CNG stands for compressed natural gas, which is a natural gas fuel stored at high pressure. It has been compressed to 200-250 bar and thus reduced to less than 1% of its volume at standard atmospheric pressure. This makes it easier to store and to transport.
CNG fuel is particularly suitable for passenger cars, light commercial vehicles, light trucks and buses. It offers trucks a range of around 550 km. CNG vehicles driving on biomethane emit significantly less particulate matter* and CO2** than conventional fossil fuels.
Production of biomethane
The renewable and non-fossil variant of CNG is biomethane or bioCNG. Biomethane is produced by fermenting biomass into biogas, which is purified and converted into grid quality gas. The biomass can consist of various types of raw materials, or feedstock, such as straw or tree bark and branches, or organic materials, such as food waste, roadside grass, sewage sludge and animal manure.
Biomethane to bioCNG
The biomethane, which consists of the same molecule as natural gas, namely CH4 or methane, is then injected into the gas grid. The natural gas is subsequently extracted from the grid and compressed by means of a CNG installation to be used as transport fuel. Biomethane can be blended or used up to 100% depending on availability and customer requirements.
Growing network of CNG stations
TotalEnergies strives to make alternative fuels that are cleaner and lower carbon available to as many users as possible. The acquisition of PitPoint in May 2017 has accelerated the growth of TotalEnergies' CNG network in Western Europe. Today, TotalEnergies operates more than 190 public CNG stations in the Netherlands, Germany, Belgium and France.
TotalEnergies' NGV ambition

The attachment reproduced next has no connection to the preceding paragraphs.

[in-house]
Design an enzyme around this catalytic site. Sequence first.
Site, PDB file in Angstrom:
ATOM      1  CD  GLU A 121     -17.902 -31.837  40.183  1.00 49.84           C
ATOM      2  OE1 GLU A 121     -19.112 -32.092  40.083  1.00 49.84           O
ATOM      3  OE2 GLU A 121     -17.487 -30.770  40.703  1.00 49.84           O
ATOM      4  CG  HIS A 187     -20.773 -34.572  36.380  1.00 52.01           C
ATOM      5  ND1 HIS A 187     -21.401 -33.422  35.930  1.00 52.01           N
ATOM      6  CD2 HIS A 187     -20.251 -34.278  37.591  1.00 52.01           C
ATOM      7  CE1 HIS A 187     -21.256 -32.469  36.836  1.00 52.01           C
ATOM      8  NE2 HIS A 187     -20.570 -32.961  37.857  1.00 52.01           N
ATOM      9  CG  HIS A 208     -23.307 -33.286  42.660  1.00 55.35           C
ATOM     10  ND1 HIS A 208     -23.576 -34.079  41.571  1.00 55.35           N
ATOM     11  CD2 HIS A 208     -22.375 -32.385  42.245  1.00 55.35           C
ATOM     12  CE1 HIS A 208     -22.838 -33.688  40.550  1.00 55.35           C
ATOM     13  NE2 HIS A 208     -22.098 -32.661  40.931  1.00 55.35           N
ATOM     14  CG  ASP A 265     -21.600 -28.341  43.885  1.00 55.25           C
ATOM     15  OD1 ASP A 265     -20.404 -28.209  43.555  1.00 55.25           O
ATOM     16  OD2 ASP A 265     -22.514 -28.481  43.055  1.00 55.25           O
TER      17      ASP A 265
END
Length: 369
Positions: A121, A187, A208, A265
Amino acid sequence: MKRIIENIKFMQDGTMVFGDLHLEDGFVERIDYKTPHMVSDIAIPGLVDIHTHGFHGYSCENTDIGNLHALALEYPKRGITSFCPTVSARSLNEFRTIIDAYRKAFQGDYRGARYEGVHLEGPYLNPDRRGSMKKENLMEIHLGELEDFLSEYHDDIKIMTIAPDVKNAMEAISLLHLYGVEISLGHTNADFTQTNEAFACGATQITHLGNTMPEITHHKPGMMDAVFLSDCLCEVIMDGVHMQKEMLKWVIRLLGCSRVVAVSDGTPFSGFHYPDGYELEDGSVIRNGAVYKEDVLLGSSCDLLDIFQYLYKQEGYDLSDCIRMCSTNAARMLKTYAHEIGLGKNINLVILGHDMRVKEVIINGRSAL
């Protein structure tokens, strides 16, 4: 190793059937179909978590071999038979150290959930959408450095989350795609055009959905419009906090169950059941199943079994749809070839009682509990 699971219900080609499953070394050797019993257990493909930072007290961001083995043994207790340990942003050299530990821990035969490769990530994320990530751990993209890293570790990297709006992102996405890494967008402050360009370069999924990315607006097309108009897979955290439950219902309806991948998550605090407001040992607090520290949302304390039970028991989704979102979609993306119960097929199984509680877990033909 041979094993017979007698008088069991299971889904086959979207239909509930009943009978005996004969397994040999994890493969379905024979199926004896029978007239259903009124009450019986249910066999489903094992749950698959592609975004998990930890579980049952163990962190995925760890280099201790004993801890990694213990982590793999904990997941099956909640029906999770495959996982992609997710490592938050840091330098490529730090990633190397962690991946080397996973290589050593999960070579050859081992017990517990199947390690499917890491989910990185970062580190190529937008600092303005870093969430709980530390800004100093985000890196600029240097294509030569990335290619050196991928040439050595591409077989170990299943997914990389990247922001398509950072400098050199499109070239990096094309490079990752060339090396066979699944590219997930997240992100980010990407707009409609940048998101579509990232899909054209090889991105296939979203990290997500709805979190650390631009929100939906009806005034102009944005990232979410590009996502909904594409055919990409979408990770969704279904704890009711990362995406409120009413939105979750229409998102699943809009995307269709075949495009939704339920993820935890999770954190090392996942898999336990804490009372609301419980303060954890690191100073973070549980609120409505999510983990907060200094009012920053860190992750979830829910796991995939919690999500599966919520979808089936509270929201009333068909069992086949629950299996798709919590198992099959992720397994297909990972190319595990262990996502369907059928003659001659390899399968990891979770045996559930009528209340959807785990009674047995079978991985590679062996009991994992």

In line with its strategic ambitions for natural gas and renewable energy, TotalEnergies aims to expand its European network to 250 NGV, that is CNG as well as LNG, refueling stations with more than 50% biomethane share by 2025; and thus become the market leader in the region.
Overseas, too, the number of NGV locations is growing. For example, in the Americas region, through TotalEnergies' participation in Clean Energy Fuels in the US which, in 2021, operates more than 565 (bio)NGV stations, including some 45 (bio)LNG sites.
In Asia, TotalEnergies, through its joint venture with India's Adani Group, operates more than 200 CNG stations today, with an overall regional target of 600 NGV stations across India and Pakistan by 2025.
- Reduced vehicle emissions, such local air pollutants* and, especially when biomethane is used, less greenhouse gases**.
- Increasing selection of CNG vehicles available on the market, from passenger cars to heavy trucks.
- A CNG engine runs more quietly than a diesel engine, which is advantageous for city distribution at night.
- A complete offer for CNG service stations, for public and for private or dedicated use, from design to installation.
- A large European network with TotalEnergies and AS 24 stations.
- A growing network overseas, for example in the US through TotalEnergies' participation in Clean Energy Fuels and in India through the joint venture with Adani.
- Renewable CNG, also knows as bioCNG or biomethane, offer possibilities.
* A study on air quality from the Sustainable Gas Institute (2019), ‘Can natural gas reduce emissions from transport?’, shows that NGV engines provide a NOx reduction of between 40%-60% (depending on the type of road) compared to diesel, by using a simple clean-up system. For particulate matter (PM), NGV engines ensure as much as 95% lower levels compared to diesel, thanks to a soot free combustion (with no need for a complex after-treatment).
** According to the NGVA Europe & Thinkstep study (2017) on the ‘Greenhouse Gas Intensity of Natural Gas in Transport’ (2017), a reduction in CO2 emissions of up to 16% is achieved by driving on CNG compared to diesel for heavy-duty applications and calculated on a 'Well-to-Wheel' basis. Using biomethane increases this CO2 reduction to as much as 80%.